Possible Ordinance To Affect Jefferson City Animals
JEFFERSON CITY -- A cat fight is brewing in Jefferson City over a new 3 part law. The law, which the city council will vote on Monday night, affects how animals, specifically stray cats, are treated in the Capitol City.
The three part law includes:
- Restricting the number of dogs or cats in a private house and apartments to six
- Prohibiting maintenance of animal on public property
- Prohibiting pet owners from leaving animals unattended in motor vehicles
Repercussions for disobeying these potentials laws would result in a city fine. City fines typically range from $20 to $25.
The real risk in the potential ordinance isn't the fine, but the most controversial section of the legislation, part two of the ordinance. It prohibits the maintaining of animals on public property. Parts one and three are not considered as controversial.
"As far as I know, no one is against keeping animals in hot cars, and really I don't think there is any opposition to the issue of the limit to the number of animals. The limit is pretty high," said Jefferson City City Attorney Nathan Nickolaus.Part two focuses on growing "cat colonies," or groups of 20 or 30 cats, infiltrating Jefferson City parks. Colonies are formed due to groups maintaining the cats, or feeding and neutering them, only to release them back into the parks.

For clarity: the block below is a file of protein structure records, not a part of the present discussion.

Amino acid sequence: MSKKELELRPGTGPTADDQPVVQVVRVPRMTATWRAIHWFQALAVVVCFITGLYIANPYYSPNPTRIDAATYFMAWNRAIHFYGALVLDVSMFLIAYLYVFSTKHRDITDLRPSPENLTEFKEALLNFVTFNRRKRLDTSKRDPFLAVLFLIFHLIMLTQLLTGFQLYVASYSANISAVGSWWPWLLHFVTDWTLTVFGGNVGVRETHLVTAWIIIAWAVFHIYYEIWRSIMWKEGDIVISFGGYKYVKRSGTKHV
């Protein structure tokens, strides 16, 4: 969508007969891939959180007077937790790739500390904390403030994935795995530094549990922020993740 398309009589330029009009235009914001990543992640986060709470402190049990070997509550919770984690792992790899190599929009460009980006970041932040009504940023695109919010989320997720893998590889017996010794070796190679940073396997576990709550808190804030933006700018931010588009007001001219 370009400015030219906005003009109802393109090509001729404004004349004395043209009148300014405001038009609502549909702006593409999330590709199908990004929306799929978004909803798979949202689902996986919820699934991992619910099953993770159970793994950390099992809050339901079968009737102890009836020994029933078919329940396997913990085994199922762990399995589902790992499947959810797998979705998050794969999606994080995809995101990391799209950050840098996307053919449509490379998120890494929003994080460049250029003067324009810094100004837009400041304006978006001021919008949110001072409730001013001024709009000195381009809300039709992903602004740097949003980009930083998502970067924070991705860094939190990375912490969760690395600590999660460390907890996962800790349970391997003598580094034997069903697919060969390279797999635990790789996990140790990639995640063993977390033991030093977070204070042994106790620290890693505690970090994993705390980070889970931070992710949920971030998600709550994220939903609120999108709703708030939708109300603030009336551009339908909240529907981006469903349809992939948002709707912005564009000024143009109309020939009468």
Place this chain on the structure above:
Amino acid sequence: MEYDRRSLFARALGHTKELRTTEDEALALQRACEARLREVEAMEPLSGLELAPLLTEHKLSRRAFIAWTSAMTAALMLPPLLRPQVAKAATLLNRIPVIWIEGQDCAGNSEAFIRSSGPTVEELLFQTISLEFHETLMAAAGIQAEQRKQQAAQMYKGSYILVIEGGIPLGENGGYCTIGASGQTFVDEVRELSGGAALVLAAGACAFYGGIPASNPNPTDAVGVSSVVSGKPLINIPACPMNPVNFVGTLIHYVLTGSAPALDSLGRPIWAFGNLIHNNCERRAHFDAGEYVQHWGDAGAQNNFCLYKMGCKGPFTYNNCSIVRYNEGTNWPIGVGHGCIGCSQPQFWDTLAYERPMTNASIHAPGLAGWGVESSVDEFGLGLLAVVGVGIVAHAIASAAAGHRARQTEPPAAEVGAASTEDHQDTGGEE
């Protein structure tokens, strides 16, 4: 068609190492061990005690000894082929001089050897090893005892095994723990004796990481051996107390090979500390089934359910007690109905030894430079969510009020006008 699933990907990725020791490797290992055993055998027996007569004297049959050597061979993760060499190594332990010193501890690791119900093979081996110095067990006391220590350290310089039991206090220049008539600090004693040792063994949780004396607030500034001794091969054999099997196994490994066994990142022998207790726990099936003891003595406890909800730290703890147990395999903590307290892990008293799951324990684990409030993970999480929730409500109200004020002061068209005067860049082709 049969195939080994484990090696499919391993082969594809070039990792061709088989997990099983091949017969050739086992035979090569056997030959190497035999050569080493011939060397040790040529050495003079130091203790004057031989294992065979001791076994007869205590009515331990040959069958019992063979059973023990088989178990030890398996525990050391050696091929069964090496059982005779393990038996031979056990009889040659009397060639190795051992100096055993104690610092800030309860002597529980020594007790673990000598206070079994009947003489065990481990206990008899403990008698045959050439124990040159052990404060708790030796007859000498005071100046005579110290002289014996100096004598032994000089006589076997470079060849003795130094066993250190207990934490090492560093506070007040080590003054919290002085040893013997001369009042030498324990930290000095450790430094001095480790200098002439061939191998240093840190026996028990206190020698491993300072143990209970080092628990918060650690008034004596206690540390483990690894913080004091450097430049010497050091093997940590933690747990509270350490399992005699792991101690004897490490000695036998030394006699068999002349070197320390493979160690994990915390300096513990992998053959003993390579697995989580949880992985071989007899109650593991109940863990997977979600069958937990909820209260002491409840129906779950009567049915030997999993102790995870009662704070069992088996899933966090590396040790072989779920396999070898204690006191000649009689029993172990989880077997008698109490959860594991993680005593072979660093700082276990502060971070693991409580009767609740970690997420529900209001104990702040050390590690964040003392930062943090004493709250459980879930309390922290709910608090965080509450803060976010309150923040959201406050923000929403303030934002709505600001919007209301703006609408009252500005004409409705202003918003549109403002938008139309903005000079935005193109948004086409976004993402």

"A group of citizens has decided to implement a program called trap neuter and release. What they do is they trap the animals, they neuter them, and then release them back into that same colony, and then they feed them and maintain them there. The city was actually unaware that was going on, and when we found of that that was going on there was a number of concerns that were raised about the animals being in our parks," said Nickolaus.
The amount of cats per park is dependent on the size, but in Washington Park, as many as 60 cats were reported. However up to several months ago, the city was not even aware of the colony program.
The city has taken the colony program so seriously due to the public safety risk involved.
"We are hearing about this issue and the cats in the community, and we do want the public to be informed and really have all the information at their fingertips and know that these cats do carry the potential of carrying some diseases. So there is a public health risk involved," said State Health and Senior Services Communications Director Jacqueline LaPine.
LaPine says cats can cause the following health issues in humans, especially in pregnant women and children:
- Bite Injuries
- Cat Scratch Fever
- Feline hook and round worms
But some Jefferson City residents do not see this as a safety issue. One residenting felt so strongly he took an ad out in Sunday's Jefferson City Tribune saying in part:
"A Jefferson City councilman wants to add to the Jefferson City ordinance a provision that would make it unlawful to feed a cat or dog on public property in Jefferson City. If caught, a fine would be assessed. He wants them to strave to death, or as he said in the last meeting, kill them."
Nickolaus says the city is not avocating killing animals, nor are they against trap neuter release.
"We are not necessarily against trap neuter release, that's a program that has been tried by a lot of cities across the country. Different cities have different views to how effective it is, but it is certainly something the city is willing to consider."
The City Council meets at 6 Monday night.